If you are as excited as we are about the upcoming release of Just Indian, our new book by first-time Native American author Jackie Neypes, then you might want to learn more about the Washoe tribe that Jackie descends from. So did we! We asked Jackie a few questions about her background.
Here is what we found out about the fascinating Washoe tribe.
Jackie still spends time on Washoe tribal lands in Nevada whenever she has free time. She always visits alongside her family and thinks of it as the best time of the year. She said that “Going back to where my family is, and my ancestors are from, gives me such peace and joy. My favorite part of being in Carson Valley [Nevada, where the Washoe lands are] is to visit with my elders and listen to my tribal history.”
In her book, Just Indian, readers enjoy learning a bit about life both on and off the reservation for one Native American boy and the tribulations facing Native Americans today. The book beautifully displays the beauty and richness of tribal heritage as well.
Jackie wrote the book because she wanted to raise awareness about what it is like to be a modern Native American. She is concerned that people may perceive Natives in a past context and don’t think about what many modern Natives have to face in this present time. She wanted to bring to light the hardships that many Natives face in this world.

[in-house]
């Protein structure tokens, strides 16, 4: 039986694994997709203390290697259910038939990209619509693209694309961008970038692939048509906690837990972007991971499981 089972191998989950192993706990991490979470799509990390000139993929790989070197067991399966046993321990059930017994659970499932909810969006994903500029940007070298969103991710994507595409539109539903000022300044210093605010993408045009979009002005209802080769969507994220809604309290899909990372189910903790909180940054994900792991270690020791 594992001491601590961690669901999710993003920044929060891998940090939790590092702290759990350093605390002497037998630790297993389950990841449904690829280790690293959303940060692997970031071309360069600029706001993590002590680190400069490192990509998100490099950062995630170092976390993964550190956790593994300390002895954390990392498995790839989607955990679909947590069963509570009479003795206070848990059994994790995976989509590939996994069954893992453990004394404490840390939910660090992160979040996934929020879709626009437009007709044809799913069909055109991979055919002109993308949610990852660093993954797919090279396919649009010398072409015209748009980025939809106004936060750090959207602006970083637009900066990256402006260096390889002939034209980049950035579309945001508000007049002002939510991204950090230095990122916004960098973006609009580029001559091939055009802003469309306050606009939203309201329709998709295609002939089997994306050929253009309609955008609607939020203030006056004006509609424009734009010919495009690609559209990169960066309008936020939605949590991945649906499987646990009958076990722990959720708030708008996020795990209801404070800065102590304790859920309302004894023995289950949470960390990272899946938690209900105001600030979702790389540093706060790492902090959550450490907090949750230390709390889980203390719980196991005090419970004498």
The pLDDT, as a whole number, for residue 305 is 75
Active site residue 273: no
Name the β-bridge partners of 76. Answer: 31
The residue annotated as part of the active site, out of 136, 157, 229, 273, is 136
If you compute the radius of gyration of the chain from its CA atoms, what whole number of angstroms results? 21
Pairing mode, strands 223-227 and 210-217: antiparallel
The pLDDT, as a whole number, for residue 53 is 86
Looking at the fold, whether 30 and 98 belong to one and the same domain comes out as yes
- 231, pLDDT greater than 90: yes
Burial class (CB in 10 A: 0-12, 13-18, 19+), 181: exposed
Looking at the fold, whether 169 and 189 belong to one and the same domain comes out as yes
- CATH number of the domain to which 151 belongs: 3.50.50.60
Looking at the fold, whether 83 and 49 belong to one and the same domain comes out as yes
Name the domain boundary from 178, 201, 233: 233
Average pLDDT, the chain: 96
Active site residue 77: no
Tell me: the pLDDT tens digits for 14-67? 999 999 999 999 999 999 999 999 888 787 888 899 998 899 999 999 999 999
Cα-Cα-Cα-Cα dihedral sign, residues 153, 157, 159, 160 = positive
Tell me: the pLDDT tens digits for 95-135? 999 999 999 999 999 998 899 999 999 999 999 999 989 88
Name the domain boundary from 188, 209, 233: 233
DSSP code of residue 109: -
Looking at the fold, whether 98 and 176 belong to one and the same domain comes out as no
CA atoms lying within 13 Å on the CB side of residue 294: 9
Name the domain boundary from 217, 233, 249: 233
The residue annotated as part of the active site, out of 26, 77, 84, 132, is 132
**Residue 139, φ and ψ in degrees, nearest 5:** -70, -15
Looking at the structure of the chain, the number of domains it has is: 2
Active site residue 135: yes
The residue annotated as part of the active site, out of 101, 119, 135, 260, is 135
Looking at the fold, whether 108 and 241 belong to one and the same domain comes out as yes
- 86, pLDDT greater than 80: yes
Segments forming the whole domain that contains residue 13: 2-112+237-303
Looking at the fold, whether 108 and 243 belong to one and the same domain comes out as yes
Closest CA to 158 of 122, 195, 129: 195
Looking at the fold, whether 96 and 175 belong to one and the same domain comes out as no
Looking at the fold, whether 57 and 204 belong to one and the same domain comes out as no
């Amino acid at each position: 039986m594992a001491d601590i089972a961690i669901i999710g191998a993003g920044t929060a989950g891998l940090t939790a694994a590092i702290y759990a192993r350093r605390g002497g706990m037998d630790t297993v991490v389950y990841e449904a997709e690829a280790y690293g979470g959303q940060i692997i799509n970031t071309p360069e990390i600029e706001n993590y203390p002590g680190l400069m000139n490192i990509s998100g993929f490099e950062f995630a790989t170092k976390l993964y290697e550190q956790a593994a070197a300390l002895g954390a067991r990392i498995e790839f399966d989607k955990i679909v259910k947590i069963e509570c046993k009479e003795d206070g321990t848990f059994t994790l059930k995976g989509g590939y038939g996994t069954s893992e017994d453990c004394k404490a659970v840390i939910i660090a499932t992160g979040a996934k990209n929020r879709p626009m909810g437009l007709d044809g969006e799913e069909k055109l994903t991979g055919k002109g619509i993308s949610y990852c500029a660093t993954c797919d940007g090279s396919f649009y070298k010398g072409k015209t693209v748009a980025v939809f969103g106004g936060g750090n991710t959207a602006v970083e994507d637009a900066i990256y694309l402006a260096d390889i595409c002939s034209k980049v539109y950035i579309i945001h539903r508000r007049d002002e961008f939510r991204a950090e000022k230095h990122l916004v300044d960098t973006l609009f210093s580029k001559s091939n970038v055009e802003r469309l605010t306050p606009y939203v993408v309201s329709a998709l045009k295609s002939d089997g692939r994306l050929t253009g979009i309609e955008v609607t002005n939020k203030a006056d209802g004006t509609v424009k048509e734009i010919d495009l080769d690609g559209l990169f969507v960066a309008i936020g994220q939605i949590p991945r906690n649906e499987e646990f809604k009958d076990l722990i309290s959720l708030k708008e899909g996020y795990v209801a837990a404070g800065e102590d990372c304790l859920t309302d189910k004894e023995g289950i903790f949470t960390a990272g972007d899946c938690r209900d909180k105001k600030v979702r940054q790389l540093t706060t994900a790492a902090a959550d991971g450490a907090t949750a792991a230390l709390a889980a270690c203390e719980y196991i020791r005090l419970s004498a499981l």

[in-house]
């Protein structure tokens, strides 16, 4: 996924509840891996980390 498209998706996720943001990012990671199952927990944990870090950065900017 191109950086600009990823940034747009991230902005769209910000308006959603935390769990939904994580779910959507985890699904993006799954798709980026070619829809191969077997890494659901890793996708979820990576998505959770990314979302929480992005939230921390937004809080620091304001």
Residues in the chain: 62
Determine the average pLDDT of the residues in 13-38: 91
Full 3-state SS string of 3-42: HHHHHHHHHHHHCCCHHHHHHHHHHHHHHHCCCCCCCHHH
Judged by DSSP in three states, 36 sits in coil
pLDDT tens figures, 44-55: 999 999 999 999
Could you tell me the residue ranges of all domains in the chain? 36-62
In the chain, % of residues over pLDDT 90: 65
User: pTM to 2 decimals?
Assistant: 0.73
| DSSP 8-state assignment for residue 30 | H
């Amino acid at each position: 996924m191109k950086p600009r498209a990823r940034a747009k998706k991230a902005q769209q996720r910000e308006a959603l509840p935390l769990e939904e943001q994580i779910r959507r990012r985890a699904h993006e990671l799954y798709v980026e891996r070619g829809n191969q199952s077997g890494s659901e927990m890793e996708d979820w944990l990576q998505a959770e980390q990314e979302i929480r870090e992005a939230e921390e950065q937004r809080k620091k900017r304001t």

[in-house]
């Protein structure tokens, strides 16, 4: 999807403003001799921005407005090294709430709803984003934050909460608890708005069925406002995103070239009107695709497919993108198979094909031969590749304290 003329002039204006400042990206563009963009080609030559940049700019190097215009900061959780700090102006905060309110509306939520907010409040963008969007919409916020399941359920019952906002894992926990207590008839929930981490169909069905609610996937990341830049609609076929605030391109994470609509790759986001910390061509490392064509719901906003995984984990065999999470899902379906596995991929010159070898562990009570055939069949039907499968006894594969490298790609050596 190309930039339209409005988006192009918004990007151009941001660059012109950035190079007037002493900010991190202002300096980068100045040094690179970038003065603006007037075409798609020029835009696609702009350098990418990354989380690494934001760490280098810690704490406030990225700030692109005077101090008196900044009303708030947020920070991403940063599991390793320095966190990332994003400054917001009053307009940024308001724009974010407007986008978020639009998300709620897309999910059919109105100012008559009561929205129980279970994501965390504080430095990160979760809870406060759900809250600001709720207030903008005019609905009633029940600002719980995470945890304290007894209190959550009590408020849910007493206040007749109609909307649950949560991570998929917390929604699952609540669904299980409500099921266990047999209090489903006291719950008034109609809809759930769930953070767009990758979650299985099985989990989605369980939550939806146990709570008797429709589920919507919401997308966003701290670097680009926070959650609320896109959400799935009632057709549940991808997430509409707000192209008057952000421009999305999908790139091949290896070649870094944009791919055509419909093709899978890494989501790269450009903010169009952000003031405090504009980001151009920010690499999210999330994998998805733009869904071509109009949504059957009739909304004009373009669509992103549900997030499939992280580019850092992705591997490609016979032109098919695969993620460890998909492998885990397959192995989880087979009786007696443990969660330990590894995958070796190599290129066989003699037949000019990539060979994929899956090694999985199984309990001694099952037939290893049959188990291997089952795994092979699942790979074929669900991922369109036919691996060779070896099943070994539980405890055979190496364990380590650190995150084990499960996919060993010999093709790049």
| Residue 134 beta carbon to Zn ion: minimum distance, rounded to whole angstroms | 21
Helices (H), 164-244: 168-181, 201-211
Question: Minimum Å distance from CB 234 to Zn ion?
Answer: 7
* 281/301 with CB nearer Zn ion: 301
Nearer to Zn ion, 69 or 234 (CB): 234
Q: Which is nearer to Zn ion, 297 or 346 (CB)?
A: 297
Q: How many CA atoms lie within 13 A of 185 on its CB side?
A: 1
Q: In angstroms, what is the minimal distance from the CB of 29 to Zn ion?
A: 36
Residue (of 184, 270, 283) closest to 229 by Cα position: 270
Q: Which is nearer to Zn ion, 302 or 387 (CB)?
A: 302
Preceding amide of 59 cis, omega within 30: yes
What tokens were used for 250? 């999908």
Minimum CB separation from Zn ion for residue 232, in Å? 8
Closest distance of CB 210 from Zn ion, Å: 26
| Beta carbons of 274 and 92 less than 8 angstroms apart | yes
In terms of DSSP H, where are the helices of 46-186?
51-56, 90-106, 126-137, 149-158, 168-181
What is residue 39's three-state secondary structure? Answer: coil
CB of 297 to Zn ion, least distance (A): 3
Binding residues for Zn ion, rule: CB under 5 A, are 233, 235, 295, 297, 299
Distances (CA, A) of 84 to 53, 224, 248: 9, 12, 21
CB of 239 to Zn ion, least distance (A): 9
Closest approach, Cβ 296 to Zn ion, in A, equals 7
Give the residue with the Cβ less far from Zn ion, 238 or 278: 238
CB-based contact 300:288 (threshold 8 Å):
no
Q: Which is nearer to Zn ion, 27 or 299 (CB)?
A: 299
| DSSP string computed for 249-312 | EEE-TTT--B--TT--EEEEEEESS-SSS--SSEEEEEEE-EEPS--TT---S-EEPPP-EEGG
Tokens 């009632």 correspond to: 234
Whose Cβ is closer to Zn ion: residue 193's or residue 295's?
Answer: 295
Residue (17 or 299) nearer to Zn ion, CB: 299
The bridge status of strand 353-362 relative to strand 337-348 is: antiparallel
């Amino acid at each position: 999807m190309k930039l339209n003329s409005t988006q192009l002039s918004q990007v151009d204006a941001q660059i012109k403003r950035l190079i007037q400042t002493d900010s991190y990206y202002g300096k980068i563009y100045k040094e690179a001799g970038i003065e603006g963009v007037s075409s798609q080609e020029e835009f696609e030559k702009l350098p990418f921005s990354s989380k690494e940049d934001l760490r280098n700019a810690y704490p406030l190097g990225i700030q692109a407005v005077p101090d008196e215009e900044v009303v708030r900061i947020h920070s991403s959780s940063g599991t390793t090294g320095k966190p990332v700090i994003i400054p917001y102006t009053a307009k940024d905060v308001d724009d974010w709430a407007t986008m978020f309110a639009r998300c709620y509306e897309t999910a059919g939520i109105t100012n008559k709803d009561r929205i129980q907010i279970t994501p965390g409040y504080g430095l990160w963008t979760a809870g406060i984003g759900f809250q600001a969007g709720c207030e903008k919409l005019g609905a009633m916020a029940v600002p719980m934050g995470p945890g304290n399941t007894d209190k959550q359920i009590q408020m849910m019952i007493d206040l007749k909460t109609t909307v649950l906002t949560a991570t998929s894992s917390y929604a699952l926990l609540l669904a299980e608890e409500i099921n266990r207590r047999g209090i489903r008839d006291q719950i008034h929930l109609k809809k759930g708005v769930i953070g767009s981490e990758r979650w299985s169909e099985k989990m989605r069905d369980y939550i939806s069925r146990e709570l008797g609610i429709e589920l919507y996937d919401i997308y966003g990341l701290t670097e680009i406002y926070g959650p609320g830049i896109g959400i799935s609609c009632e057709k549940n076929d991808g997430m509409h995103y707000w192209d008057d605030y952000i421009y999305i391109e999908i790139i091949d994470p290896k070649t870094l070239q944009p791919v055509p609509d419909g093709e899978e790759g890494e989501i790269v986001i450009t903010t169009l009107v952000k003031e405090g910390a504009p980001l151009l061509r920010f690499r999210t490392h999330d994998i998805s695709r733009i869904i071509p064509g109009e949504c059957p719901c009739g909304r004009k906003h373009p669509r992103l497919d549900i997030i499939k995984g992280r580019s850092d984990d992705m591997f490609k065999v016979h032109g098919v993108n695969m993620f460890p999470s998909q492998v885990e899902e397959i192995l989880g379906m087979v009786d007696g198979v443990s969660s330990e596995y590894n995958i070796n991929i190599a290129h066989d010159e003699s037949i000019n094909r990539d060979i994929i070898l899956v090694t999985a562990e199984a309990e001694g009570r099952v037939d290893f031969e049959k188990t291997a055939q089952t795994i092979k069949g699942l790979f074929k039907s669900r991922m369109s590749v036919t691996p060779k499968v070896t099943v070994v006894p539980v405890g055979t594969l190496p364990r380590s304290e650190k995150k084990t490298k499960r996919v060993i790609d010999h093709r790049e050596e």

Through Jackie, we learned that the Washoe tribe traditionally lived in the lands across Nevada and California and are especially fond of the land around Lake Tahoe. In fact, the word “Tahoe” is derived from the Washoe word for lake.
They believed Lake Tahoe to be a place of utmost importance and the spiritual center of their world. Traditionally, they received the bulk of their diet from the lake and surrounding rivers, fishing for trout and freshwater clams during all seasons that the waterways weren’t frozen.
The story that has been passed down from the Washoe elders is that a coyote led them to their ancestral home, and they were taught to use the local lake, plants, animals, and other resources to find food, medicine, and the items needed for survival.
Another part of their diet and lore is the collection of pine nuts. Pine nuts were gathered in the fall and eaten all winter. They were so important to the tribe that they even performed a “pine nut dance” to ensure a good picking season. To fill the gaps in their diet, they would also hunt for small game like rabbit.
The name Washoe means “people from here” in the Washoe language. It’s a fitting name since, unlike many more nomadic tribes, the Washoe were and are semi-sedentary, which may be why their name means “people from here” and not “people from all over.”
To find out more about the Washoe, click here